Two Research Ideas from Northwest Coast-North Pacific History

As I've been doing more and more research for my thesis on late 19th century Tlingit history, (prospectus here), I've come across a great many unanswered questions—unanswered, at least, according to all the information I've seen or heard of. (It's rather difficult, I think, for a scholar to prove the idea hasn't been explored before, just as it's difficult to prove any negative.) Here are two questions I've come across that lie outside the scope of my thesis that nevertheless seem extremely interesting and worthy of further research.

Image at right: A Raven's Brew logo by Ray Troll, both famous in my hometown of Ketchikan.

If you're a student or a curious citizen of any kind who has knowledge on these topics or a strong will to go out and learn about them, I think it would be amazing for you to do research on these issues. If you do, and if you find success, be sure to tell me about it! Here are the questions:

  1. How widespread was the use of Chinuk wawa (Chinook jargon) before 1800? A lot of people who live in the Pacific Northwest have heard of Chinook jargon before: It was a trade language in heavy use up and down the coast during the 19th century, and a lot of words we still use in the Northwest, like skookum, cheechako, potlatch, and chuck (as in saltchuck). The language originated among the Chinook people of present-day Oregon, and it's known that they conducted massive amounts of trade, particularly up the Columbia River at sites like the Dalles. There was also a great deal of commerce that went on up and down the coast, long before Europeans arrived, all the way from northern California to Lingít Aaní (Southeast Alaska). So, if Chinuk wawa seems to have come into widespread use after Europeans and Americans came to the Northwest, is it possible it was already widespread beforehand? Is it possible that Tlingit, Haida or Tsimshian people, for example, might have been familiar with it before 1800, in spite of its origins being many hundreds of miles away? I don't know how one might go about investigating this, (I think you'd have to "mine the sources" very deeply), but it would be extremely interesting to know.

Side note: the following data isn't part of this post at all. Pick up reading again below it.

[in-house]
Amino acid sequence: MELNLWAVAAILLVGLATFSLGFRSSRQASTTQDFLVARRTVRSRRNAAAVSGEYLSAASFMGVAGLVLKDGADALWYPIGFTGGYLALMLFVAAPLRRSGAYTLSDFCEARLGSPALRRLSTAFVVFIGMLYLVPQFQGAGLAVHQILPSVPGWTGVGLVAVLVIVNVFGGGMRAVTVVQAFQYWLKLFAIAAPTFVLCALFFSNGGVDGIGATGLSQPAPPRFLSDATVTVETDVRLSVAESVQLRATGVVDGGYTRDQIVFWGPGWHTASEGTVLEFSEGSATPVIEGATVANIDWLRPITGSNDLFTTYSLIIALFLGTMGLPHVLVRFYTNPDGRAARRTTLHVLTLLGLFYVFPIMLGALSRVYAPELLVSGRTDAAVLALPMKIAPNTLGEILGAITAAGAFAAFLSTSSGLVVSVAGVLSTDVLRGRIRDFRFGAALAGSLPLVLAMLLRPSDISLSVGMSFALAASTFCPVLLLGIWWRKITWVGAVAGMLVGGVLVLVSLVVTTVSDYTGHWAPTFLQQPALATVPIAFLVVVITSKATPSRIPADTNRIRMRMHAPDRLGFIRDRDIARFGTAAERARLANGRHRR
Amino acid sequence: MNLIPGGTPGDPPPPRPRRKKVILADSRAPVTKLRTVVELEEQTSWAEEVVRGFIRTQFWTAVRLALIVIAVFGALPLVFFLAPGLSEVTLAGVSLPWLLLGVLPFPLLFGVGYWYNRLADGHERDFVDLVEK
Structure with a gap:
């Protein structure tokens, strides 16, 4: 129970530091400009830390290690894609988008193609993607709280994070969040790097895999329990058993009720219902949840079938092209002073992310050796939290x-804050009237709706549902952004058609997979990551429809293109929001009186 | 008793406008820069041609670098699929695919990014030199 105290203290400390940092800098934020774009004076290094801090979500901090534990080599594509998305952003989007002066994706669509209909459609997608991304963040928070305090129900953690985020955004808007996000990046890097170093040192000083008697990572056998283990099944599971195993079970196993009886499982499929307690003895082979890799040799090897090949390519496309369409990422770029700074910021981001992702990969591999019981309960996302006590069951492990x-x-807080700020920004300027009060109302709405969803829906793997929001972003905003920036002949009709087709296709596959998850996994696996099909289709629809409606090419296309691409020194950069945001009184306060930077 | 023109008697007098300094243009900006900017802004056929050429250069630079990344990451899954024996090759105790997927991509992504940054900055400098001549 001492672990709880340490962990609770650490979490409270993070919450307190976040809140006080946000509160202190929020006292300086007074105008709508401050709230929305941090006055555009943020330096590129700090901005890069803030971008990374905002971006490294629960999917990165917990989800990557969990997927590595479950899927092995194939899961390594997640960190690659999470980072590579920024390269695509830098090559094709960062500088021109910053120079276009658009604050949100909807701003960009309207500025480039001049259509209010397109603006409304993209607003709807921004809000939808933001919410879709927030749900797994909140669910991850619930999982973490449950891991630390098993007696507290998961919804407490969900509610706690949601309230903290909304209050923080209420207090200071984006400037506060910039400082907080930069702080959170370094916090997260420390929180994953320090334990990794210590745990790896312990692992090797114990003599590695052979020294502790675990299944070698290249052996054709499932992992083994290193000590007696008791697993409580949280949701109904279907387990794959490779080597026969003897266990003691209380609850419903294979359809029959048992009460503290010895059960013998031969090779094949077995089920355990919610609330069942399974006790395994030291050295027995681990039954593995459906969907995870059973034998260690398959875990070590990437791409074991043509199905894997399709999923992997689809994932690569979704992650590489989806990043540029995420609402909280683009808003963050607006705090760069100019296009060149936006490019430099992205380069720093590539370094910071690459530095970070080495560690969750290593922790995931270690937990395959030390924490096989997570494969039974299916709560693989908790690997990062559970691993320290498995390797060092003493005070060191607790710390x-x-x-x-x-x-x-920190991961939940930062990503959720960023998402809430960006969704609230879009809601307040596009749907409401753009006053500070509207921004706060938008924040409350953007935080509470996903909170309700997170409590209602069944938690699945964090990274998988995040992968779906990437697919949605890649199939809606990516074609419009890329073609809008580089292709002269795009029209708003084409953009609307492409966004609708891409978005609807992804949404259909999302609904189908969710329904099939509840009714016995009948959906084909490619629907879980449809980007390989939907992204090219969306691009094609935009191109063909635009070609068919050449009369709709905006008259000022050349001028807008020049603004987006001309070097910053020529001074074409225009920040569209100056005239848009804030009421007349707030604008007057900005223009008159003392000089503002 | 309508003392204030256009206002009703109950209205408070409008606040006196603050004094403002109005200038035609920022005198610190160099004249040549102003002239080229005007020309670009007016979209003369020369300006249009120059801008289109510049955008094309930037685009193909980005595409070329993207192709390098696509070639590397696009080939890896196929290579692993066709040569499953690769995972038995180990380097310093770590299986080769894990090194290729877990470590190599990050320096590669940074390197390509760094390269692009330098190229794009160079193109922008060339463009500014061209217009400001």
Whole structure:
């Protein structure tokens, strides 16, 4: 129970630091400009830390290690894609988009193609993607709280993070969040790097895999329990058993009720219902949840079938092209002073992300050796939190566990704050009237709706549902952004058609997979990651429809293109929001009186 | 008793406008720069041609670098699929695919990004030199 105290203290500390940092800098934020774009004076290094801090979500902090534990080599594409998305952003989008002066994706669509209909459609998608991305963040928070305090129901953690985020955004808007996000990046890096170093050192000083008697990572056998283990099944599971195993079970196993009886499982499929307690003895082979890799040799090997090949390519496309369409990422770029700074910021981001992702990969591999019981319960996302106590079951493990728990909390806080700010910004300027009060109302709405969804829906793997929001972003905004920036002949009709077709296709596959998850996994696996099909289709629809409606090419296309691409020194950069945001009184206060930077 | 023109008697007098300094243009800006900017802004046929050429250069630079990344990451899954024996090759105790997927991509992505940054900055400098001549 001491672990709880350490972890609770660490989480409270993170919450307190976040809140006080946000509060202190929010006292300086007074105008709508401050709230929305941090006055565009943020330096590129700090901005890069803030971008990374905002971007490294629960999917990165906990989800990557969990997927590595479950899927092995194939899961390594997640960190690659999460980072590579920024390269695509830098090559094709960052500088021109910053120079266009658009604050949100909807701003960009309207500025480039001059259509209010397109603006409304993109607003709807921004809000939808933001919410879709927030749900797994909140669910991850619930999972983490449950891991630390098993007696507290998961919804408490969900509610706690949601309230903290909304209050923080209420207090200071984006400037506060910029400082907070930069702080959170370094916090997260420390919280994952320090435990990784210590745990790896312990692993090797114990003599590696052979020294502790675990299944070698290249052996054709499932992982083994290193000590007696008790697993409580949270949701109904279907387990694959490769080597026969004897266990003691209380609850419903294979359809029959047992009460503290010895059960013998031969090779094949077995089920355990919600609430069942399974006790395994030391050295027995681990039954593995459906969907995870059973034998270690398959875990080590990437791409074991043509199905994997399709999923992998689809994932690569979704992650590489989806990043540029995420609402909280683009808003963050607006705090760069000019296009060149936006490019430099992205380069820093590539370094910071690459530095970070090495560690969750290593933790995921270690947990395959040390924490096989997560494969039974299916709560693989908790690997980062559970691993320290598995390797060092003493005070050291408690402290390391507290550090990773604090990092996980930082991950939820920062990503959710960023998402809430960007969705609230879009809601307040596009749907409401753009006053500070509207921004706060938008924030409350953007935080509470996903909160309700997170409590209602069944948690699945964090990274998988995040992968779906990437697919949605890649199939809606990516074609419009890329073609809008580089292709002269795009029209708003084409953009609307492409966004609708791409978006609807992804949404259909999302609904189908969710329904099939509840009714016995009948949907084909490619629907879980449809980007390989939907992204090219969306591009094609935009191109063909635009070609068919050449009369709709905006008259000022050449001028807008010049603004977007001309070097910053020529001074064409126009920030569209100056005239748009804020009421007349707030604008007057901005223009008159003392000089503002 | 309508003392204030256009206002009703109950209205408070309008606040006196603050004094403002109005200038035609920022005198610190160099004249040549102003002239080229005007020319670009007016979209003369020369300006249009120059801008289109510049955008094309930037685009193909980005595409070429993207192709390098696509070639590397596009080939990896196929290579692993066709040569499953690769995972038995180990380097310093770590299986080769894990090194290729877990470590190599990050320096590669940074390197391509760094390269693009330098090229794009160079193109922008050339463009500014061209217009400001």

2. What were the experiences of Unangan (Aleut) and Sugpiaq (Alutiiq) men who came to Lingít Aaní? There were a great many Unangan and Sugpiaq men who were brought to Southeast Alaska by the Russian-America Company in order to hunt sea otters. The Russians needed these people's expertise in gathering the animals for their furs, and under RAC policy many villages were forced to provide 50% of their able-bodied men each season. In return they received rations of food and tobacco, and money for each fur they brought in, with the cost of their supplies deducted. I think there should be a detailed study done of these hunters who worked so far from their homes. (Perhaps there has been a book written about it, but I don't know.) Did the men resent the Russians? Were there any rebellions? Were there conflicts or misunderstandings between the Unangan and Sugpiaq, or were they kept apart? How many gained power through the system as overseers, or saw it as advantageous? Lastly, how did their communities change after Alaska was purchased by the U.S. in 1867 and the Russian-American Company left for good? As you can see, there are tons of potential questions and a whole lot of history to investigate.
Anyway, those are only two of the incredibly interesting topics I've been encountering in my thesis work, and of course during my entire college experience here at Georgetown. History really is amazing: There's so much of our past that we don't know, so much that we do know and can know, and also much that has been distorted. Anyone can be a participant in exploring all that knowledge and setting the record straight.

Image at left: Photo of an Unangan hunter, taken from the blog Skinboat Journal.